We recently obtained a new car for commuting and though the gas mileage topped the list of features (I admit my color choice was narrowed to two possibilities: the new 27-layer–or such–white or a gun-metal gray), the additional “perks” have proved tolerable. In fact, despite my loyalty to my large, heavy Magnum, now when I drive it, I find myself asking, “Where is your back-up camera, your heated seats, and your ability to sync with my phone?”
I enjoy, even embrace new technology–and I’ve lived long enough to see several changes. As a child I watched Bewitched in black and white and never knew what I missed. The first remote I ever used had three buttons. One scrolled channels up, the other scrolled channels down. The third button we pushed once for on, twice for volume up, thrice (an old fashioned word for the third time) for volume up, and the fourth time for off. Everyone is aware of technology changes—even those who never knew otherwise. A-fourteen-year-old sat in a class lately when the teacher asked, “How many of you remember pay phones.” He told me he’d never heard of them.
But there are other changes that have happened while we were bedazzled by the latest in tech toys that get faster, smarter, and thinner. The non-tech changes have slipped into our culture undetected. Yesterday I tried to buy a spool of string. I went from one store to another. At the third store the girl asked, “String?” She made it sound like I’d said a strange or inappropriate word. I replied, “Cotton string on a spool.” (Assuming they still have spools—even cardboard ones.) She was baffled. She asked someone else, but neither knew what I was talking about. My next stop was a fabric store with a craft section. There I found a small wind of hemp cord. About as much as I’d once used to tie up a tail for a kite (don’t ask if you don’t know). It was $2.00. (I took the picture next to a spice jar to show the scale.)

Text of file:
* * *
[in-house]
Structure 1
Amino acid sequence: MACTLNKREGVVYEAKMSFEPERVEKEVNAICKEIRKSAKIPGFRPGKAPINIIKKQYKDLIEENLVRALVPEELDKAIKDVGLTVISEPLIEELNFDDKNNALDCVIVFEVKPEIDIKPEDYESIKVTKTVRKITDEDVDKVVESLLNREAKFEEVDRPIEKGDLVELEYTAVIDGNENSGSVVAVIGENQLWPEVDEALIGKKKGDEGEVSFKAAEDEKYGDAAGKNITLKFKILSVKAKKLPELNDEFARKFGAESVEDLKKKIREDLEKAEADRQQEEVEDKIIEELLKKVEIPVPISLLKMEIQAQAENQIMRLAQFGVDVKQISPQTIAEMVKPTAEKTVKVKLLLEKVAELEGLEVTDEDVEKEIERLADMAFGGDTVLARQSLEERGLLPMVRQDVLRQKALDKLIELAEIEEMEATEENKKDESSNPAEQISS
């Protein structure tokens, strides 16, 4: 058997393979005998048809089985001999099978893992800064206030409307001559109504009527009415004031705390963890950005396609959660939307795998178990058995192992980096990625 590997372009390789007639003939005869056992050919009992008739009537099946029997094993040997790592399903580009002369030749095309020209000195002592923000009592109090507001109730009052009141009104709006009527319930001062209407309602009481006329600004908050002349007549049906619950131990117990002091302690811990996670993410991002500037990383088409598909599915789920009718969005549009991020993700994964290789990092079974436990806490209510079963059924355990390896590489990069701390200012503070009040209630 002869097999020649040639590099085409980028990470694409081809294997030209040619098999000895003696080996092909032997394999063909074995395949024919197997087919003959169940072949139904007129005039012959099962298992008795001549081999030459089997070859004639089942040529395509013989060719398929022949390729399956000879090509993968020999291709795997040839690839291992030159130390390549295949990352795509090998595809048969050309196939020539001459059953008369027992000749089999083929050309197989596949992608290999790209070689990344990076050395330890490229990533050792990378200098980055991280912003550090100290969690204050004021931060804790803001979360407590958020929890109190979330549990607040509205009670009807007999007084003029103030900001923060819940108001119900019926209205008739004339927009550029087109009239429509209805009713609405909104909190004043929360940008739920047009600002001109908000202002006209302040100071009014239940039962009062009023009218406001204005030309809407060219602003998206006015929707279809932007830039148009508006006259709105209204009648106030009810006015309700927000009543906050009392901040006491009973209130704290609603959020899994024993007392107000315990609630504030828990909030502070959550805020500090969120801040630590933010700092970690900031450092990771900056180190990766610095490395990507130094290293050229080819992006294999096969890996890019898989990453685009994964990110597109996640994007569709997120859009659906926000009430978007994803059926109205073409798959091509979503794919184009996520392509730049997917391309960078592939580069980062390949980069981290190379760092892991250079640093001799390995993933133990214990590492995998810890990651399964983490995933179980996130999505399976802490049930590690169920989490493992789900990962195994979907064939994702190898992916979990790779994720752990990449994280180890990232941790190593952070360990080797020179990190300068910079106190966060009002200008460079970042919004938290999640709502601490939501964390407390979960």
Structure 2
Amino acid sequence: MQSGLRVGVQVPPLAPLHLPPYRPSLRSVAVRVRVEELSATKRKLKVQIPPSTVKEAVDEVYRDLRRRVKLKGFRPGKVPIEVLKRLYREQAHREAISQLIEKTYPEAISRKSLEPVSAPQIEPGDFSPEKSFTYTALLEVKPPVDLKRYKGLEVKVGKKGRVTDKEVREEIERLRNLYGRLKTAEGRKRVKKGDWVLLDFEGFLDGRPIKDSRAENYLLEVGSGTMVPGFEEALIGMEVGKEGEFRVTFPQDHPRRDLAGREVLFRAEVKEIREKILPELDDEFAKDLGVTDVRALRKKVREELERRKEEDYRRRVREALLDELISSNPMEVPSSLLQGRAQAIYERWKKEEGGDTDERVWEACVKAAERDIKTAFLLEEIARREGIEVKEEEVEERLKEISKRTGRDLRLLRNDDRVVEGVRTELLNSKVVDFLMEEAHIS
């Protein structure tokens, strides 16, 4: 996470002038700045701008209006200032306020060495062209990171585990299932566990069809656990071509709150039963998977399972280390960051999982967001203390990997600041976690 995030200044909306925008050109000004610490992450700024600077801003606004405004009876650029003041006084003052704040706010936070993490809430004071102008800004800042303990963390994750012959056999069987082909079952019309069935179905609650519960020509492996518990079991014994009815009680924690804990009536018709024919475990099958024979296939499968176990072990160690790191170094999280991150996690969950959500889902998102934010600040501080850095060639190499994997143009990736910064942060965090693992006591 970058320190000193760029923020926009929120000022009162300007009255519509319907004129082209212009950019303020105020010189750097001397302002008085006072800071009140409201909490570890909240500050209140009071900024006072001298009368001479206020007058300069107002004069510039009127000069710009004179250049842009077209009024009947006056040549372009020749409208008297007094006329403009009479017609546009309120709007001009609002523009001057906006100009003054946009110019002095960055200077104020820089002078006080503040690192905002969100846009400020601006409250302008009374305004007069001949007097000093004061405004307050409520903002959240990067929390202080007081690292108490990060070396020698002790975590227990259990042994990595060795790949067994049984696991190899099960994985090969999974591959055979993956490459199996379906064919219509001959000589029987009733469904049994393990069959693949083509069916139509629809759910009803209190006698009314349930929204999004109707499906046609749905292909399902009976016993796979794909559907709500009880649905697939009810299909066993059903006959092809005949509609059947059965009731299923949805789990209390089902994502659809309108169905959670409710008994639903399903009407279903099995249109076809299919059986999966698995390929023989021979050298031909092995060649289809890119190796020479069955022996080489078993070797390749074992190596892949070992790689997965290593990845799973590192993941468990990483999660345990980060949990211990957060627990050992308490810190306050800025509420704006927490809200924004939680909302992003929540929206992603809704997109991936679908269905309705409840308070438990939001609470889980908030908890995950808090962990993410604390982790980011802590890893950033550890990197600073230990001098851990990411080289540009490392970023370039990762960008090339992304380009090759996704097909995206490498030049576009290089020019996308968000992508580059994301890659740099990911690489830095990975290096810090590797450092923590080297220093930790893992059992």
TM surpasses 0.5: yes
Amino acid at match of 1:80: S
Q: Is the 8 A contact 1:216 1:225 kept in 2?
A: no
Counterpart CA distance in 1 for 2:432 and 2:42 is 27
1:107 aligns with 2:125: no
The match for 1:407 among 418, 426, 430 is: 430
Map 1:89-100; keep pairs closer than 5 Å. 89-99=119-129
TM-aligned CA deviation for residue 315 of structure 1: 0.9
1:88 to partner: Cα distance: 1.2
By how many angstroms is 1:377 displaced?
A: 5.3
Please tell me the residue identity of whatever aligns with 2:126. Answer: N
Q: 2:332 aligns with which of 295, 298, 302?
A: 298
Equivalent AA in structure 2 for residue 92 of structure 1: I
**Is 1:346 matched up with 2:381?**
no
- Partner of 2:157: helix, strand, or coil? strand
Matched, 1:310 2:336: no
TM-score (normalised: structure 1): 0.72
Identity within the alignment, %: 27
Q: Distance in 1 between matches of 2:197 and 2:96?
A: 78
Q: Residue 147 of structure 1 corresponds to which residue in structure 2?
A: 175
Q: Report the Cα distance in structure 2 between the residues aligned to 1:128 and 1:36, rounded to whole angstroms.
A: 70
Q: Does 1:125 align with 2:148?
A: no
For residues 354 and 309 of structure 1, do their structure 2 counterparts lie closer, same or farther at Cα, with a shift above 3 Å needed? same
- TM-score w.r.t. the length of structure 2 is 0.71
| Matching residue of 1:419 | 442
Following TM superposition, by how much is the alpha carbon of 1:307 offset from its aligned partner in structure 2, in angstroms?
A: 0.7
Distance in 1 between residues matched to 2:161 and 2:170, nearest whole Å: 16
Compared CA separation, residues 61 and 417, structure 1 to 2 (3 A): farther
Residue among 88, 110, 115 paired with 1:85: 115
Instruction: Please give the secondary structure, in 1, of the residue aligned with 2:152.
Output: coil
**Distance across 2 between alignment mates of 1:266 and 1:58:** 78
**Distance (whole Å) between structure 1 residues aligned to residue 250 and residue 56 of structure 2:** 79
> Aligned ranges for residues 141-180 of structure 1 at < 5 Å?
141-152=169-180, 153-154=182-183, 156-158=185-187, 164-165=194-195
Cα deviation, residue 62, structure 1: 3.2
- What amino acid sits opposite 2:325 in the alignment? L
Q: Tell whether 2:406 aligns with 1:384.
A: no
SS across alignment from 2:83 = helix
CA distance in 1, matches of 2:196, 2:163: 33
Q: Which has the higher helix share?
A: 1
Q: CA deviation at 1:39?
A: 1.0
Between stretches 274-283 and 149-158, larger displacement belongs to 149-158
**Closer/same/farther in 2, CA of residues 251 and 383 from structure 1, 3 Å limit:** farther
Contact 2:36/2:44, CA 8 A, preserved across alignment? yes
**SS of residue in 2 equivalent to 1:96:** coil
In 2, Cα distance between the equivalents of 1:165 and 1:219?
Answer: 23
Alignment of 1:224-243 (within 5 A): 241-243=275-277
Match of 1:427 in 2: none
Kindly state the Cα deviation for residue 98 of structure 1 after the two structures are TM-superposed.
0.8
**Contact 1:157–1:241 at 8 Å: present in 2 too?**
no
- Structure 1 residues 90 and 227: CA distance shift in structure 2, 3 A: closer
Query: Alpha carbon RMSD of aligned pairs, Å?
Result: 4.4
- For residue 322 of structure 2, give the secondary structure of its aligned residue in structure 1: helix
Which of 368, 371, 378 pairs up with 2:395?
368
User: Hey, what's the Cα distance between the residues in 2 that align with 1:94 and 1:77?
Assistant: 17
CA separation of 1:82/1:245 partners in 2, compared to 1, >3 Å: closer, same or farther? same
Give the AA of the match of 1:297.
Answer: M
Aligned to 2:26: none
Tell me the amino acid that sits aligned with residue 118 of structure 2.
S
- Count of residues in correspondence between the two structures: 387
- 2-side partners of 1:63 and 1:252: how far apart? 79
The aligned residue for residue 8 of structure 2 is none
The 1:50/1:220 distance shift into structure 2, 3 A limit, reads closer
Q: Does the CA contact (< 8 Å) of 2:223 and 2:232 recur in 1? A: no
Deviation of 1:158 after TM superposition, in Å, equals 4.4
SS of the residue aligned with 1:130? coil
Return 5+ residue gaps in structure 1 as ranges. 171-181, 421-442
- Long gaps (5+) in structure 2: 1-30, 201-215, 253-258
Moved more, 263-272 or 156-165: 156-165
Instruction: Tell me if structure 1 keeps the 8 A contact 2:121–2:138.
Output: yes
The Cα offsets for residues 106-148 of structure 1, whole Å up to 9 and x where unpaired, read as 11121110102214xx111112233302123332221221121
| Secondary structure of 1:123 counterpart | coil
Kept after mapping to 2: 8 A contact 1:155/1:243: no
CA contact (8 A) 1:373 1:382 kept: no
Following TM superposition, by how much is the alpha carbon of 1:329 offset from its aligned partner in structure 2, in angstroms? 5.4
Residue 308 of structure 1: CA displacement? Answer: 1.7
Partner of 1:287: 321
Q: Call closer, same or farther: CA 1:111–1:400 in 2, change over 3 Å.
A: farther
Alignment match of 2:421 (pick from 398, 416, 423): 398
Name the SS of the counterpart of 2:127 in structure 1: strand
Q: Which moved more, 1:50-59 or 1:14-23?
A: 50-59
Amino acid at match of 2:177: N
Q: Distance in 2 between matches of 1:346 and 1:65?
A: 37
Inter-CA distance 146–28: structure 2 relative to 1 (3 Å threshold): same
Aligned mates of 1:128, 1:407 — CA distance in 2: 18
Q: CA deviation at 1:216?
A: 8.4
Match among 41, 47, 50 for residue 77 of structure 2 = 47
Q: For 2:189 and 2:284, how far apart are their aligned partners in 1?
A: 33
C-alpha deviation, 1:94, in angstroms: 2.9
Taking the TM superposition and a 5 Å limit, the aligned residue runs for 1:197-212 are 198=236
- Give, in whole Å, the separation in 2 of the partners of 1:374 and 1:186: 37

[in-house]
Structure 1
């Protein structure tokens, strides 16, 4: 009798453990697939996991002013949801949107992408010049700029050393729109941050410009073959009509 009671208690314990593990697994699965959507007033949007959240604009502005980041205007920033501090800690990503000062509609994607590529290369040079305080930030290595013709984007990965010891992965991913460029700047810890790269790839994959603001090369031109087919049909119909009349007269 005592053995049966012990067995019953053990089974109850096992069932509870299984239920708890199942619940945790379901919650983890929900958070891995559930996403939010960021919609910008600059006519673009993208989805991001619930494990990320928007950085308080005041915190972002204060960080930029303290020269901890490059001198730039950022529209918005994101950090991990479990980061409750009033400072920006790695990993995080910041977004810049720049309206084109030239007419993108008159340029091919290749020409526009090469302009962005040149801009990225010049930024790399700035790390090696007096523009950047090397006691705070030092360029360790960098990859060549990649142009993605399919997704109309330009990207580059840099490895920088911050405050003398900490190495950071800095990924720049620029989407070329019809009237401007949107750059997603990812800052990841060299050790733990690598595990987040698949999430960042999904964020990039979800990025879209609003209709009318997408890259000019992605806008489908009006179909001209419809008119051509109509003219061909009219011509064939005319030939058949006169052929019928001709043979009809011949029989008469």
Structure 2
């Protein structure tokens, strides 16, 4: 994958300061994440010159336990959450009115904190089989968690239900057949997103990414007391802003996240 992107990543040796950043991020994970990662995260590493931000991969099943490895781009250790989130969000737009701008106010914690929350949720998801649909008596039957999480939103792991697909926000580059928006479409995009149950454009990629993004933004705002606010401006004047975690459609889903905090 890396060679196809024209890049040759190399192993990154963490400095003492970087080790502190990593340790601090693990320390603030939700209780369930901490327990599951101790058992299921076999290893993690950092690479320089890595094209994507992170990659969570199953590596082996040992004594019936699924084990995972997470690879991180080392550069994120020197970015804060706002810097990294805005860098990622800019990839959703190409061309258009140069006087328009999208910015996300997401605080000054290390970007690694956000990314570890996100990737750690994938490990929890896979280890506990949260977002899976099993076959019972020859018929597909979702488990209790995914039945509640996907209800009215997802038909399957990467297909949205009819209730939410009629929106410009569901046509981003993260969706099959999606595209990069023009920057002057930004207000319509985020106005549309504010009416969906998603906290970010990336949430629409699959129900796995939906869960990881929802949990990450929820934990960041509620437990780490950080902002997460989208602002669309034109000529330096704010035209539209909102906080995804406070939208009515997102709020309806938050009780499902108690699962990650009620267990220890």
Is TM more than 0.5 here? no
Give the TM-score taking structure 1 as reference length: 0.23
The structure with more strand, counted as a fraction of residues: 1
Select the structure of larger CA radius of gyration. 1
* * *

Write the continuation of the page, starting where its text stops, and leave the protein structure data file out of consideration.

Another change seems to be the loss of our ability to figure things out for ourselves. I admit I use the internet for every question I think of from finding a synonym for “deftly” (the word is too old fashioned I guess, so I choose “capably”. “Dexterously” also did not make the cut), to giving voice coordinates to my GPS so it can navigate my way to a book signing. But at some point, will we lose the ability to think for ourselves?
I recently read an article that talked about significant contributions in the last 50 years, mentioning bar codes and better batteries. It concluded with this: “Nothing is left to chance—or to sheer stupidity. Not long ago, after happily munching our Roy Rogers burgers, we smoothed out the wrapper to discover a small circle printed on its interior. Inside the circle were printed the words PLACE SANDWICH HERE.”
BTW (that means “by-the-way”), if anyone sees a spool (?) of string (think “packages tied up with string”), whether cotton or hemp no longer matters, please let me know.
And here is what I did with my “string” aka “hemp cord” and pages from an old book (not the kind you download to your Kindle):